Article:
The Tough Stuff – The Future
Every teenage girl has her dream wedding planned out, right? They plan in their heads where they want to get married – on a beach, in the forest, by a river, in a big church. They see pretty dresses they want to wear and laugh about who will be their bridesmaids. They get their first boyfriend and think of what forever would be like with them because young love is just that blinding, right?
I didn’t plan any of that. Didn’t see any of it. Never even had it cross my mind in high school or into college.
My mom would tell you I was “too busy” to think of boys and dating. I had my sports and my friends and my need to always have great grades to worry about. My dad would probably tell you he didn’t care why boys weren’t an issue, as long as they continued to not be an issue. Me? I honestly, truly didn’t even think about it. The errant thoughts would sneak in sometimes of “oh a boyfriend would be nice” or something along those lines, but never to the point where like many high school girls, I would be scheming and plotting and gossiping over a latest crush. It took me until the very end of my Camino to truly realize why that was.
The day before, I had just done a phone interview with the man who wrote the article on me that was published in the Union Leader. I was walking from Muxia to Finisterre, and I was thinking over some things we had talked about. Yet again, it came back to depression. Another aspect of life depression, quite frankly, fucks up: the future. For the first time in literally years, as I walked through that scrubby forest along the Spanish coast, I was thinking ahead. I was thinking of my life when I went back home. How I wanted to finish up my schooling and become a teacher as a career. How I wanted to continue hiking, only now I wanted to really devote my time to it. How I wanted to keep coaching lacrosse and pairing that with teaching and settling down and….having a family?
These were all normal things to think about. Five year plans. Plans you make for an adult life. Normal. Natural.
Completely foreign to me.
You see, for the past six years, I hadn’t thought of the future. It was something far away, something fuzzy, something unattainable. The harsh reality is, for a chunk of my life the past six years, I couldn’t see beyond a week. Some days, I didn’t know if I’d see beyond that day. That’s how small depression makes your life. It really, truly, takes it away. How could I possibly think about what my life would look like in my thirties if I didn’t even believe I’d make it to see twenty-one? At the time, I didn’t even realize it. It was simply what my life was. I didn’t think that wasn’t normal or scary for others to know that’s how I thought because I never shared it with anyone. It was simply my reality.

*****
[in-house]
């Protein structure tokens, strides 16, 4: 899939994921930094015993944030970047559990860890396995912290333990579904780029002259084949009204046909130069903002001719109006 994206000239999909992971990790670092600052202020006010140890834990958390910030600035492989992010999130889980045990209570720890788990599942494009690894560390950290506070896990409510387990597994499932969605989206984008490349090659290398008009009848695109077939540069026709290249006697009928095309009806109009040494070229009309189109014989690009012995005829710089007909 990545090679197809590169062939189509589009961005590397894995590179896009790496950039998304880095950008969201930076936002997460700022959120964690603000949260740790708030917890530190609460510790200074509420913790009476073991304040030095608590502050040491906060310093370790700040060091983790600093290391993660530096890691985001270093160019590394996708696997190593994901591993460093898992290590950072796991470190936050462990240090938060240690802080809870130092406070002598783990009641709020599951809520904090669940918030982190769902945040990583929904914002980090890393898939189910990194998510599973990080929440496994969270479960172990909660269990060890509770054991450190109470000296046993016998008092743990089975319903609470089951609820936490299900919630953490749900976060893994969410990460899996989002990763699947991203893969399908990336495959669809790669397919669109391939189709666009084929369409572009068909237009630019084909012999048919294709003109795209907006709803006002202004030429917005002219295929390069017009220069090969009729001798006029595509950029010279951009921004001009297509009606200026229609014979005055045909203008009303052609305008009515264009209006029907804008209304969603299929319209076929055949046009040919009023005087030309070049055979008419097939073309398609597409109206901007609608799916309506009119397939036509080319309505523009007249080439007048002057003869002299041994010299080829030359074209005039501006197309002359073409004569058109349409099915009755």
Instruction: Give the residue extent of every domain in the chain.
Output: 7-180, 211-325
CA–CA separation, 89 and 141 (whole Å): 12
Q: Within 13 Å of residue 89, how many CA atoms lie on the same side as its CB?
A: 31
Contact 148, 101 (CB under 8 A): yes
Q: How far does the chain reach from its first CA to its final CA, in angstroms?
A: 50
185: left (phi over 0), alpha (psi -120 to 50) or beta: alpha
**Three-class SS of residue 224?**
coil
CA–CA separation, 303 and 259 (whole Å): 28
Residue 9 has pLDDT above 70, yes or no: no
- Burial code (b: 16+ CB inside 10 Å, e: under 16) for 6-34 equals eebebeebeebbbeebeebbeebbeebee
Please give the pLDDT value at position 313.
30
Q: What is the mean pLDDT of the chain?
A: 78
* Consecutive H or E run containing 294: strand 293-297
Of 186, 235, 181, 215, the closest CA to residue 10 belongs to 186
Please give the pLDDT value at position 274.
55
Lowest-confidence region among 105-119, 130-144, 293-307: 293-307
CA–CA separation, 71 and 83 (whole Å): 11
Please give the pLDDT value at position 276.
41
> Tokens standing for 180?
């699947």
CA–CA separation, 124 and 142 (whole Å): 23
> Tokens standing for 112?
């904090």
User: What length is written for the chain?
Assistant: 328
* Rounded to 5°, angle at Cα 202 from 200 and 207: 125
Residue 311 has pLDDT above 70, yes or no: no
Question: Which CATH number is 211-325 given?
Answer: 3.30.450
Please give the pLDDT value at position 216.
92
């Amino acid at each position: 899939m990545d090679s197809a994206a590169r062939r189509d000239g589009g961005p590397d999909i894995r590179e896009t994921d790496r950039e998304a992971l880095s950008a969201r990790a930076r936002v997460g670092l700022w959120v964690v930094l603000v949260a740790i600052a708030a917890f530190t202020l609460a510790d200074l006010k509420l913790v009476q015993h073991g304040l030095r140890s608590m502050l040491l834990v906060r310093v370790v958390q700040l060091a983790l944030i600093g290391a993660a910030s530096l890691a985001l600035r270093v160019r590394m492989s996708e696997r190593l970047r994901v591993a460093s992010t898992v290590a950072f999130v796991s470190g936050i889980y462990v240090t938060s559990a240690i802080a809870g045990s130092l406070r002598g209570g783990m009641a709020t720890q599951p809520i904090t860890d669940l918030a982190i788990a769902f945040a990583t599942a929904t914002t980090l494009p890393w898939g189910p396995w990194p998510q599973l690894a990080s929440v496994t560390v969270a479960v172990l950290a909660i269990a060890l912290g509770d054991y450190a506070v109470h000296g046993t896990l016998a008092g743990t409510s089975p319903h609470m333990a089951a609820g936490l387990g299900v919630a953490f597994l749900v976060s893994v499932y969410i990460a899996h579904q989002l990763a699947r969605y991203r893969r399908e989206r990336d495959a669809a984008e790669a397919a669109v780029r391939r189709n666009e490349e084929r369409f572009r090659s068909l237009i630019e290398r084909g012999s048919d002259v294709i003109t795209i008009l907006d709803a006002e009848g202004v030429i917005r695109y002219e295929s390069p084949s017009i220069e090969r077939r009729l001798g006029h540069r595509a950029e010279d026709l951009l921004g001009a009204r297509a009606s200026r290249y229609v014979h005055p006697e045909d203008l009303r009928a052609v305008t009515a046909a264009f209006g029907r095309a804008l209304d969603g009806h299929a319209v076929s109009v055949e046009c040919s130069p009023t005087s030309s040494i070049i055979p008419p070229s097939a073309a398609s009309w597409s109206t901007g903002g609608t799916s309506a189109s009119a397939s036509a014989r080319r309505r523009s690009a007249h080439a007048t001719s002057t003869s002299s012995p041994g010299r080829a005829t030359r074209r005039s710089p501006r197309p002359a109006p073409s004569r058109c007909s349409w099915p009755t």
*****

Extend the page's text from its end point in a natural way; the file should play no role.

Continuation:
As I walked up a hill between Muxia and Finisterre, I thought that for the first time in six years, I saw myself as an adult. I could picture it. I could see that future. Maybe even a husband. That was strange, too. Because as much as I would always claim it didn’t bother me, I always had that nagging thought in my head of “what was wrong with me? Why had I never once been in a relationship?” I knew the reason now. It was myself. More than that, it was my depression. You see, how could I have ever begun to think of committing to another person when I couldn’t even commit to myself? Like I just said, some times I couldn’t see myself making it to another week. I couldn’t commit to being in this world for that long. How could I possibly commit to being with another person? My family was one thing; they were stuck with me regardless. But a relationship? No, I could never entertain the thought.
So unconsciously, I shut myself down. I didn’t realize that I was doing it until looking back now and seeing the difference with how I am now. I was going through the motions of life then, smiling, laughing, interacting, but never actually putting any of my true self out in the world. And one thing in this world that I’ve found to be so true is that you only get what you’re willing to give. I’m willing to give my true self now. And I’m starting to see it come back. It’s funny how that works. When you’re open to things, things start to happen. Just like my future is starting to happen now.